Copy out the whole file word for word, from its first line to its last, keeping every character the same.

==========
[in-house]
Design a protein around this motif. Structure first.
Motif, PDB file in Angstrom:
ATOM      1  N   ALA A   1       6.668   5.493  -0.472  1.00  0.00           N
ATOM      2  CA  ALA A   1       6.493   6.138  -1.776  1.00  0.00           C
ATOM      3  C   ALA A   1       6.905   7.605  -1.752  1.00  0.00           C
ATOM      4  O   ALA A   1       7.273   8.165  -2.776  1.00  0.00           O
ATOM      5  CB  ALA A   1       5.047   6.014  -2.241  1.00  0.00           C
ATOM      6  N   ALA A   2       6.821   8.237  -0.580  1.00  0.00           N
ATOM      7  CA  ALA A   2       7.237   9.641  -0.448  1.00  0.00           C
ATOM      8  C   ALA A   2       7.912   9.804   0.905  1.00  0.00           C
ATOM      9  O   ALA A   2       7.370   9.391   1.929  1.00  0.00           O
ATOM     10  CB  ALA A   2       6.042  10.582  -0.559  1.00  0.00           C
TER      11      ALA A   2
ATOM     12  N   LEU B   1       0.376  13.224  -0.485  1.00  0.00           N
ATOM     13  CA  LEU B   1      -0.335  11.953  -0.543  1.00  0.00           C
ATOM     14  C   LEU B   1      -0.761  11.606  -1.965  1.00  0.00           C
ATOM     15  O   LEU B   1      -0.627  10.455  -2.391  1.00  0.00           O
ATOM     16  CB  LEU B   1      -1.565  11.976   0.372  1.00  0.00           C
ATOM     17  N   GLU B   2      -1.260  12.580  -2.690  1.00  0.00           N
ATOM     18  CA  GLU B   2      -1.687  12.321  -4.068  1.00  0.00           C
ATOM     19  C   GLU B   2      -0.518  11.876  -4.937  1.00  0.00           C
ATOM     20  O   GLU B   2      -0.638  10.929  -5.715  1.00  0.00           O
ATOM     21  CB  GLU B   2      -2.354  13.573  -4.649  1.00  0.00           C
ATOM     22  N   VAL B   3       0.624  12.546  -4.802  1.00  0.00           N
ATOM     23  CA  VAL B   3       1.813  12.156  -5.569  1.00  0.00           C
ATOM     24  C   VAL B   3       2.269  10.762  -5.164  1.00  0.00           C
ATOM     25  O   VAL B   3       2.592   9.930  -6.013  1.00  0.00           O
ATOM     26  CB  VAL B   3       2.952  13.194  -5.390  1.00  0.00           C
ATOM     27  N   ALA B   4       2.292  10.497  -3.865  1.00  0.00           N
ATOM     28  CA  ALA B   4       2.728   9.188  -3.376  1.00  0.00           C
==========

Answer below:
[in-house]
Design a protein around this motif. Structure first.
Motif, PDB file in Angstrom:
ATOM      1  N   ALA A   1       6.668   5.493  -0.472  1.00  0.00           N
ATOM      2  CA  ALA A   1       6.493   6.138  -1.776  1.00  0.00           C
ATOM      3  C   ALA A   1       6.905   7.605  -1.752  1.00  0.00           C
ATOM      4  O   ALA A   1       7.273   8.165  -2.776  1.00  0.00           O
ATOM      5  CB  ALA A   1       5.047   6.014  -2.241  1.00  0.00           C
ATOM      6  N   ALA A   2       6.821   8.237  -0.580  1.00  0.00           N
ATOM      7  CA  ALA A   2       7.237   9.641  -0.448  1.00  0.00           C
ATOM      8  C   ALA A   2       7.912   9.804   0.905  1.00  0.00           C
ATOM      9  O   ALA A   2       7.370   9.391   1.929  1.00  0.00           O
ATOM     10  CB  ALA A   2       6.042  10.582  -0.559  1.00  0.00           C
TER      11      ALA A   2
ATOM     12  N   LEU B   1       0.376  13.224  -0.485  1.00  0.00           N
ATOM     13  CA  LEU B   1      -0.335  11.953  -0.543  1.00  0.00           C
ATOM     14  C   LEU B   1      -0.761  11.606  -1.965  1.00  0.00           C
ATOM     15  O   LEU B   1      -0.627  10.455  -2.391  1.00  0.00           O
ATOM     16  CB  LEU B   1      -1.565  11.976   0.372  1.00  0.00           C
ATOM     17  N   GLU B   2      -1.260  12.580  -2.690  1.00  0.00           N
ATOM     18  CA  GLU B   2      -1.687  12.321  -4.068  1.00  0.00           C
ATOM     19  C   GLU B   2      -0.518  11.876  -4.937  1.00  0.00           C
ATOM     20  O   GLU B   2      -0.638  10.929  -5.715  1.00  0.00           O
ATOM     21  CB  GLU B   2      -2.354  13.573  -4.649  1.00  0.00           C
ATOM     22  N   VAL B   3       0.624  12.546  -4.802  1.00  0.00           N
ATOM     23  CA  VAL B   3       1.813  12.156  -5.569  1.00  0.00           C
ATOM     24  C   VAL B   3       2.269  10.762  -5.164  1.00  0.00           C
ATOM     25  O   VAL B   3       2.592   9.930  -6.013  1.00  0.00           O
ATOM     26  CB  VAL B   3       2.952  13.194  -5.390  1.00  0.00           C
ATOM     27  N   ALA B   4       2.292  10.497  -3.865  1.00  0.00           N
ATOM     28  CA  ALA B   4       2.728   9.188  -3.376  1.00  0.00           C